Long Layovers- Sometimes a flight might be a really good deal, but there is a very long layover in a city. You just need to double check this when looking at flight deals. The last thing you want after being on a plane for 10 hours is to have a 6-hour layover in an airport (unless they have a very nice lounge). Whereas with points, you have more control over your flights and you can do a stopover in a city with some programs. If you are stuck with a long layover, certain cities or airlines offer free hotels or tours.
Very few business class deals. Occasionally there will be a few a year to Europe in the $1500-1900 range, but it is very rare to see a business class deal to Southeast Asia, India, Africa, or Australia.
Focusing on Flight Deals
If you want to focus primarily on Flight Deals, there are still ways to save money when traveling by earning and using points.
Hotel Credit Cards/Points– Unless you plan to stay primarily at hostels, having a large stash of hotel points can be very beneficial to save a lot of money on your trip. Additionally, many credit cards usually offer a free night every year you renew your card.
Fixed Redemption Cards– Credit cards such as Chase Ultimate Rewards cards or the U.S. Bank Altitude Reserve allow you to cash your points in for a fixed amount. For example, you could book a flight deal via the Chase Ultimate Rewards portal using your Sapphire Reserve points for a fixed rate of 1.5 cents per point (you could book a $450 flight deal for free using 30,000 points)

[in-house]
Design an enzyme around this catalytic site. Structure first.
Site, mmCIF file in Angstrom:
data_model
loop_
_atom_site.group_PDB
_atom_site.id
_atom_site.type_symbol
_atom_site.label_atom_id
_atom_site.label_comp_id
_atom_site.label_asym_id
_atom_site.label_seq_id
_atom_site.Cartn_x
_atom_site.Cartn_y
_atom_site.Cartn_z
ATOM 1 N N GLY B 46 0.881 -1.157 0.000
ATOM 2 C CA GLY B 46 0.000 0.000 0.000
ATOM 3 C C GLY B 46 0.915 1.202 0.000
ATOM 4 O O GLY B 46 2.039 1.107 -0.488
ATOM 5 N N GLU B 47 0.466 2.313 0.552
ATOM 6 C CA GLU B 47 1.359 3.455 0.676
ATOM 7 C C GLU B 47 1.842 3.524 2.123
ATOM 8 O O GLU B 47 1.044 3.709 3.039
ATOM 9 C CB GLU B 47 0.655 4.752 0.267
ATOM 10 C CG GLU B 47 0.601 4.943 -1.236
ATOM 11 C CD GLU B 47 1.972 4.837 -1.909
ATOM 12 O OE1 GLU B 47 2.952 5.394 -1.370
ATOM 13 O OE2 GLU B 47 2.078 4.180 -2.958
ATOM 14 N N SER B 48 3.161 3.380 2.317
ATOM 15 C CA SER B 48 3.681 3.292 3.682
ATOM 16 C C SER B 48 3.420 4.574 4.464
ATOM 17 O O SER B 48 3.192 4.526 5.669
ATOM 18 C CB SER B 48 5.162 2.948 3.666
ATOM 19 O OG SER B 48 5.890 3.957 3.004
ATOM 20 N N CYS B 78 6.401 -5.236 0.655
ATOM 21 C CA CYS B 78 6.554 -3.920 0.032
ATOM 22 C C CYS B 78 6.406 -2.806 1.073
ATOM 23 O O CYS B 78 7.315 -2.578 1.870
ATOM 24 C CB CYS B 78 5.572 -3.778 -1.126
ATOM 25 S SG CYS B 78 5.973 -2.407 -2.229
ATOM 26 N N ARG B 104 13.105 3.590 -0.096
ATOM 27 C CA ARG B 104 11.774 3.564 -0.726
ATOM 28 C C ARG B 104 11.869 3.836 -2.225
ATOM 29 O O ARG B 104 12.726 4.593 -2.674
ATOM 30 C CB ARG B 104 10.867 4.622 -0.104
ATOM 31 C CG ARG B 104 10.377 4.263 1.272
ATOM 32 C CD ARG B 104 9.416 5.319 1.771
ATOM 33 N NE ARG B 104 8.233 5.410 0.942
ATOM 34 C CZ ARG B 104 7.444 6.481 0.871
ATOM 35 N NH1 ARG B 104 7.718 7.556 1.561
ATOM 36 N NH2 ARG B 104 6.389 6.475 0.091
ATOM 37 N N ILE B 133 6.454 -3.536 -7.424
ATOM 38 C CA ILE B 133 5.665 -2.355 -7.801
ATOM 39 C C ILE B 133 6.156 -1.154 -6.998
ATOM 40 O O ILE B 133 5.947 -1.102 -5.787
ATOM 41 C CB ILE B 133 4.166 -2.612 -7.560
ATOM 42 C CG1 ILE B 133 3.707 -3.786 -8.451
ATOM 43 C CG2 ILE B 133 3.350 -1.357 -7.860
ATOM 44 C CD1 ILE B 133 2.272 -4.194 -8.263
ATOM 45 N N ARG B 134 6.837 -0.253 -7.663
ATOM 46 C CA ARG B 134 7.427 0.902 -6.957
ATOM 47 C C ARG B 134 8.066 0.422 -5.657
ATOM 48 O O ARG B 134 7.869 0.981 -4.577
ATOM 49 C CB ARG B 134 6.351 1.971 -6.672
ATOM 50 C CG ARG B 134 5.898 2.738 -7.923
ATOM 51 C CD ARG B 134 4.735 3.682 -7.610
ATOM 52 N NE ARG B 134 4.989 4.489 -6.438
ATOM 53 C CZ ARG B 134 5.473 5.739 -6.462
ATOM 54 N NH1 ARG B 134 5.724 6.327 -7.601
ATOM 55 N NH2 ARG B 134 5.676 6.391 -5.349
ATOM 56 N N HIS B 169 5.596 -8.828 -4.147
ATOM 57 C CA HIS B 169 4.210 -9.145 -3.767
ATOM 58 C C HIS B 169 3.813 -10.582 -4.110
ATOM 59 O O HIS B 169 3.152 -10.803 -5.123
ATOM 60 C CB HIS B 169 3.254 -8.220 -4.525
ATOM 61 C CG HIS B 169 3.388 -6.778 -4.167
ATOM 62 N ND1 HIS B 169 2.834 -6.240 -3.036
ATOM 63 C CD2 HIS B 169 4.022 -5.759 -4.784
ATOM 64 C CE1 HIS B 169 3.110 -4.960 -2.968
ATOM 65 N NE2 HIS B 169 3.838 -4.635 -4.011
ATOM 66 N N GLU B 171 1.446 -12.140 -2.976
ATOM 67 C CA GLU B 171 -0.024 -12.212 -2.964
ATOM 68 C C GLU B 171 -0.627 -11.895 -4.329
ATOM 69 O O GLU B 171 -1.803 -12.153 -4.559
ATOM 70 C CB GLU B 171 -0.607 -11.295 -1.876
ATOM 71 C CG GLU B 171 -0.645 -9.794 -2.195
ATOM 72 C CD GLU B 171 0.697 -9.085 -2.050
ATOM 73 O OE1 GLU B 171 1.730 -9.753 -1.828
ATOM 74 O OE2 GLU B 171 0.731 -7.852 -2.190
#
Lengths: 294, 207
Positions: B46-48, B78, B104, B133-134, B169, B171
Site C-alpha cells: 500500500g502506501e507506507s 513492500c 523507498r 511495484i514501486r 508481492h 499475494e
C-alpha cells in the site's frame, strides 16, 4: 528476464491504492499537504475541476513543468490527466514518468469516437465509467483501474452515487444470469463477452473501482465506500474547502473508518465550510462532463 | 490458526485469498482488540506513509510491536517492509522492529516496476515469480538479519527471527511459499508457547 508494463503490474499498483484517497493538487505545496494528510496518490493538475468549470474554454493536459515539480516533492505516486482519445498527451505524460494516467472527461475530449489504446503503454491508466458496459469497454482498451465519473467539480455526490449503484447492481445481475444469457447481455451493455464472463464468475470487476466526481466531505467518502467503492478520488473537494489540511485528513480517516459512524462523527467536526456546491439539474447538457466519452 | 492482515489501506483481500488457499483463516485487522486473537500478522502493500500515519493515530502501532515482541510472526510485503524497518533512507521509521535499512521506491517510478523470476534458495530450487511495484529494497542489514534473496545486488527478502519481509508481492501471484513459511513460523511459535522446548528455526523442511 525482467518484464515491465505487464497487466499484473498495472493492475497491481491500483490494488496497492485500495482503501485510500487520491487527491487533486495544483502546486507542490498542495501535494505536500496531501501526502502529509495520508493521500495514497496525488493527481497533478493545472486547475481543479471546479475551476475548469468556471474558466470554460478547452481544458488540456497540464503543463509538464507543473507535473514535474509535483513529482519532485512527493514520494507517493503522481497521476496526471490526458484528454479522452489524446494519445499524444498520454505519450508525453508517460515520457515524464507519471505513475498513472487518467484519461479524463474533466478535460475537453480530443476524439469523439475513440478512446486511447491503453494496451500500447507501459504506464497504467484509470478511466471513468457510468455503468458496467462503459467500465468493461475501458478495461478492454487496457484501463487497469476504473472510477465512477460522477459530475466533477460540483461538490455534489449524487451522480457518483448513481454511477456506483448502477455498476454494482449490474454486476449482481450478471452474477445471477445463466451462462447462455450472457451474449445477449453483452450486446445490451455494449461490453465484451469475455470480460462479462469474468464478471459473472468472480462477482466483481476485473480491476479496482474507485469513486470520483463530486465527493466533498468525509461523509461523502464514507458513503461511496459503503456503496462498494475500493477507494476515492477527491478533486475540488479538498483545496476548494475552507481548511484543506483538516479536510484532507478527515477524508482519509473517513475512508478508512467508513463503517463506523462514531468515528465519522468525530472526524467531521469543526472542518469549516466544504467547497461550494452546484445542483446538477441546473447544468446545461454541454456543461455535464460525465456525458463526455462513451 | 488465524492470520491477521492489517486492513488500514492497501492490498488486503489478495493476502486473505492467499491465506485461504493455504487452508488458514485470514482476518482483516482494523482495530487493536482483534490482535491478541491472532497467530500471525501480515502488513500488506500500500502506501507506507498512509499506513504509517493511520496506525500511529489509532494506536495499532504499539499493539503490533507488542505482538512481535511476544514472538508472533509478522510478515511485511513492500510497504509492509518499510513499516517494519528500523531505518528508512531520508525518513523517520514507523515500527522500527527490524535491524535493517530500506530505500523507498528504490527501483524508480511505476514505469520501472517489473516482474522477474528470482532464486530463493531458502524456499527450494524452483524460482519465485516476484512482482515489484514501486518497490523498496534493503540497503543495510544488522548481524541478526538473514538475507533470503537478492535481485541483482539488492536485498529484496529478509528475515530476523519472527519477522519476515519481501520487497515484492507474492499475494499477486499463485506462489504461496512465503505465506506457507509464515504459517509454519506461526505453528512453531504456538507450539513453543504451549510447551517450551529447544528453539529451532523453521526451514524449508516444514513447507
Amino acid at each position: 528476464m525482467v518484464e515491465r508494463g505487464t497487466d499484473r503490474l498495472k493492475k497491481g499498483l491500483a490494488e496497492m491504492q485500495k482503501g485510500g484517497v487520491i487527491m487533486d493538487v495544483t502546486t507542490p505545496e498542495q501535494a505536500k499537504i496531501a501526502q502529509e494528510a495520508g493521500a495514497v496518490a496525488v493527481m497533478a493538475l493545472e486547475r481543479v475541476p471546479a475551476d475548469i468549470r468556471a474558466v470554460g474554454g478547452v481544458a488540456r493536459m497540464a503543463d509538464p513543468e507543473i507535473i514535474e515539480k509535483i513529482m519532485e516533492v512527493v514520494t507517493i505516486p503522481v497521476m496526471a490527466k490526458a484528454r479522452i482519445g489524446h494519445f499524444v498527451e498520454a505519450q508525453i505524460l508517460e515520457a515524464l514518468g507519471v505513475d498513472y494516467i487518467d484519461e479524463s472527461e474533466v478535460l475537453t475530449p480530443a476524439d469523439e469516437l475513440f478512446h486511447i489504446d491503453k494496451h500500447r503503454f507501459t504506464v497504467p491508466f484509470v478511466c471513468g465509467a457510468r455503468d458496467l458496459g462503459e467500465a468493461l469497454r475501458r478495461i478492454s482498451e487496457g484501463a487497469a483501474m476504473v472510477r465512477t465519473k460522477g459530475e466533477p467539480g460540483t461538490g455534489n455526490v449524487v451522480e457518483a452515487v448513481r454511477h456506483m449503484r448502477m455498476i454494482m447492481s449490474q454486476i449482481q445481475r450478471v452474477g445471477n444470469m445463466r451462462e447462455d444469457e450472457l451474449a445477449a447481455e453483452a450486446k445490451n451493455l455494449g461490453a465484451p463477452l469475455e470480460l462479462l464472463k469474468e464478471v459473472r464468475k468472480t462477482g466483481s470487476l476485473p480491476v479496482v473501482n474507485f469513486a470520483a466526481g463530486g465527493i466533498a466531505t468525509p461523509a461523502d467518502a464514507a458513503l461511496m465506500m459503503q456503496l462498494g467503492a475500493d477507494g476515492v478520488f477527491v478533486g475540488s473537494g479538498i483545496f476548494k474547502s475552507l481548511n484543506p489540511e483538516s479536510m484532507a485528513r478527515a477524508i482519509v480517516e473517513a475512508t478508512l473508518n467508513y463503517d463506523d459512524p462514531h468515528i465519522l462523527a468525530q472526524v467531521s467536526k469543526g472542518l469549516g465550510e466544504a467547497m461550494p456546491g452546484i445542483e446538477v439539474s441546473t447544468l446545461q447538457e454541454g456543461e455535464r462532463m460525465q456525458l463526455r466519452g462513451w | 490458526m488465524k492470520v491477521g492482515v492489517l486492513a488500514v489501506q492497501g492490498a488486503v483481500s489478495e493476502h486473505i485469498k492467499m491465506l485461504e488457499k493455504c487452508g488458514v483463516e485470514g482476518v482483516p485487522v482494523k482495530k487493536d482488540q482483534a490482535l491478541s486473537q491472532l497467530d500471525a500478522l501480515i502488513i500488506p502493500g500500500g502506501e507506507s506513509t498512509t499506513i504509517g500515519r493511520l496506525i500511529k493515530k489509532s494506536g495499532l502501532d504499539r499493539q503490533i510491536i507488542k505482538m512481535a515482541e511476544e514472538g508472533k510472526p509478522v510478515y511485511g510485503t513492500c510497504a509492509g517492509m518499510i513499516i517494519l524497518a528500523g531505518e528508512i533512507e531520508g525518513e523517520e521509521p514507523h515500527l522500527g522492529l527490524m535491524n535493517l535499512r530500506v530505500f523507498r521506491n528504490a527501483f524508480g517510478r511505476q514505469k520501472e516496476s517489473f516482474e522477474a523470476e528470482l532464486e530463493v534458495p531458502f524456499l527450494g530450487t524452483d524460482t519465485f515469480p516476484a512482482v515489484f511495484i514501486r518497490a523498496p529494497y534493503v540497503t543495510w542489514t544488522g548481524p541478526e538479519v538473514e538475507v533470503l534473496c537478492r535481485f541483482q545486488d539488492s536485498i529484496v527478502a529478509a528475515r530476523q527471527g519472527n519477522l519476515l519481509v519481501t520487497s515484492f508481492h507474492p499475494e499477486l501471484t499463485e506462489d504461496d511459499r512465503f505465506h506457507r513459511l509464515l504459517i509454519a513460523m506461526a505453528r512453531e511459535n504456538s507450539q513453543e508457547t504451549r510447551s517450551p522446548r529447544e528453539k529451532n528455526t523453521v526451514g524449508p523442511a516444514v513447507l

Advantage of Points
Flexibility– The great thing about points is that you can cancel or change your flight in most cases for a small fee if there is award space. Flight Deals require you to pay a large fee plus the difference in airfare at the current market rate.
International Business or First Class– For most of us, the only way we would ever get to enjoy international business or first class is using points. A single sign up bonus, like 100k American Express Platinum, could get you a great round-trip business class redemption to Europe, Asia, or South Africa. Once you fly one of the top business or first class products, you may never want to go back.
Control- When you use points, you are more in control of your routing. You can decide if you want to get there quickly via non-stops or take your time and take advantage of a program’s routing rules such as stopovers or open-jaws. For more information, check out each points program’s using points page.
Short, but Expensive Flights- Sometimes the most expensive flights are the shortest, especially to remote destinations. Luckily, many points systems are based on distance flown. (e.g., Hong Kong to Okinawa is only 906 miles away, but a $900+ direct flight. You can book that same flight using British Airways Avios for 15,000 points plus about $42)
Disadvantage of Points
High Effort- It takes a good deal of effort to manage all of your credit cards, meet the minimum spend, manage credit card applications, credit card news, and points redemptions. We try out best to simplify the process as much as we can and keep you up to date with points news via our Daily Points emails, but you still have to put in the effort to learn. (It is very lucrative once you learn the basics)